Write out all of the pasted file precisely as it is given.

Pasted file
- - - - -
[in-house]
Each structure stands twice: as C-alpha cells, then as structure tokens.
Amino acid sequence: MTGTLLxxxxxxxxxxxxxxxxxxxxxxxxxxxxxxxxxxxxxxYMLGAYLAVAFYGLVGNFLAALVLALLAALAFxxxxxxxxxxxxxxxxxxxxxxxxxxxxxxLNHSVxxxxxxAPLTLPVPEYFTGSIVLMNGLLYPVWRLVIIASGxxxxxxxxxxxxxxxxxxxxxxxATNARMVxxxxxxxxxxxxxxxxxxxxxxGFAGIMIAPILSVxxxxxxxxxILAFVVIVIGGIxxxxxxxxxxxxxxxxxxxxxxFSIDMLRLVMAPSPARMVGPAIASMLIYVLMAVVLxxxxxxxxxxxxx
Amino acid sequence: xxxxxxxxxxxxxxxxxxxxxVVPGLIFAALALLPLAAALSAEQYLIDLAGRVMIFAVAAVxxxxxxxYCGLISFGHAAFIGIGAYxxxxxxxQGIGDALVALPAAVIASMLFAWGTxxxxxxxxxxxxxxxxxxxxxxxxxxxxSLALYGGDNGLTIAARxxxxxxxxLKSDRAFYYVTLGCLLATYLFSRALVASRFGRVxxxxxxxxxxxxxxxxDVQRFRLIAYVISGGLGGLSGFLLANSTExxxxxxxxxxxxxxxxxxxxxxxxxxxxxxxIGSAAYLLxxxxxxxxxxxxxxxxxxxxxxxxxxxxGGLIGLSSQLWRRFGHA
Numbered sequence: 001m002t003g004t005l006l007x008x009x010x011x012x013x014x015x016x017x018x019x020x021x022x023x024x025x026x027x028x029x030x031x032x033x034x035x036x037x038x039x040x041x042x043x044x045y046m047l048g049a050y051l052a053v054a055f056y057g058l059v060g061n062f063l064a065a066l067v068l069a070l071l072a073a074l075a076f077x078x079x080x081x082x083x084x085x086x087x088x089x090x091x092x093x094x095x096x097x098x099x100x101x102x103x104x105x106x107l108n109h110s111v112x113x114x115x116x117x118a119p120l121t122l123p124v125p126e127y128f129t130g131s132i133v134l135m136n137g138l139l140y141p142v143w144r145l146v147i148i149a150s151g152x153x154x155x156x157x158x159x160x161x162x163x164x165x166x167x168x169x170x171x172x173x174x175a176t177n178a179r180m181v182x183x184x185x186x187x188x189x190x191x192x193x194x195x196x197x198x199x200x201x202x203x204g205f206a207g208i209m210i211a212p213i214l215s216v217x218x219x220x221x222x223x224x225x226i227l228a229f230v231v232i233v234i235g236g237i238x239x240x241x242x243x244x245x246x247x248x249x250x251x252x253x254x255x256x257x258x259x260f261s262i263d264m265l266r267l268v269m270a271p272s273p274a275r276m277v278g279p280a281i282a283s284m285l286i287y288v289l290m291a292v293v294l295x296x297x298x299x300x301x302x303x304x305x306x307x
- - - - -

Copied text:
[in-house]
Each structure stands twice: as C-alpha cells, then as structure tokens.
Amino acid sequence: MTGTLLxxxxxxxxxxxxxxxxxxxxxxxxxxxxxxxxxxxxxxYMLGAYLAVAFYGLVGNFLAALVLALLAALAFxxxxxxxxxxxxxxxxxxxxxxxxxxxxxxLNHSVxxxxxxAPLTLPVPEYFTGSIVLMNGLLYPVWRLVIIASGxxxxxxxxxxxxxxxxxxxxxxxATNARMVxxxxxxxxxxxxxxxxxxxxxxGFAGIMIAPILSVxxxxxxxxxILAFVVIVIGGIxxxxxxxxxxxxxxxxxxxxxxFSIDMLRLVMAPSPARMVGPAIASMLIYVLMAVVLxxxxxxxxxxxxx
Amino acid sequence: xxxxxxxxxxxxxxxxxxxxxVVPGLIFAALALLPLAAALSAEQYLIDLAGRVMIFAVAAVxxxxxxxYCGLISFGHAAFIGIGAYxxxxxxxQGIGDALVALPAAVIASMLFAWGTxxxxxxxxxxxxxxxxxxxxxxxxxxxxSLALYGGDNGLTIAARxxxxxxxxLKSDRAFYYVTLGCLLATYLFSRALVASRFGRVxxxxxxxxxxxxxxxxDVQRFRLIAYVISGGLGGLSGFLLANSTExxxxxxxxxxxxxxxxxxxxxxxxxxxxxxxIGSAAYLLxxxxxxxxxxxxxxxxxxxxxxxxxxxxGGLIGLSSQLWRRFGHA
Numbered sequence: 001m002t003g004t005l006l007x008x009x010x011x012x013x014x015x016x017x018x019x020x021x022x023x024x025x026x027x028x029x030x031x032x033x034x035x036x037x038x039x040x041x042x043x044x045y046m047l048g049a050y051l052a053v054a055f056y057g058l059v060g061n062f063l064a065a066l067v068l069a070l071l072a073a074l075a076f077x078x079x080x081x082x083x084x085x086x087x088x089x090x091x092x093x094x095x096x097x098x099x100x101x102x103x104x105x106x107l108n109h110s111v112x113x114x115x116x117x118a119p120l121t122l123p124v125p126e127y128f129t130g131s132i133v134l135m136n137g138l139l140y141p142v143w144r145l146v147i148i149a150s151g152x153x154x155x156x157x158x159x160x161x162x163x164x165x166x167x168x169x170x171x172x173x174x175a176t177n178a179r180m181v182x183x184x185x186x187x188x189x190x191x192x193x194x195x196x197x198x199x200x201x202x203x204g205f206a207g208i209m210i211a212p213i214l215s216v217x218x219x220x221x222x223x224x225x226i227l228a229f230v231v232i233v234i235g236g237i238x239x240x241x242x243x244x245x246x247x248x249x250x251x252x253x254x255x256x257x258x259x260f261s262i263d264m265l266r267l268v269m270a271p272s273p274a275r276m277v278g279p280a281i282a283s284m285l286i287y288v289l290m291a292v293v294l295x296x297x298x299x300x301x302x303x304x305x306x307x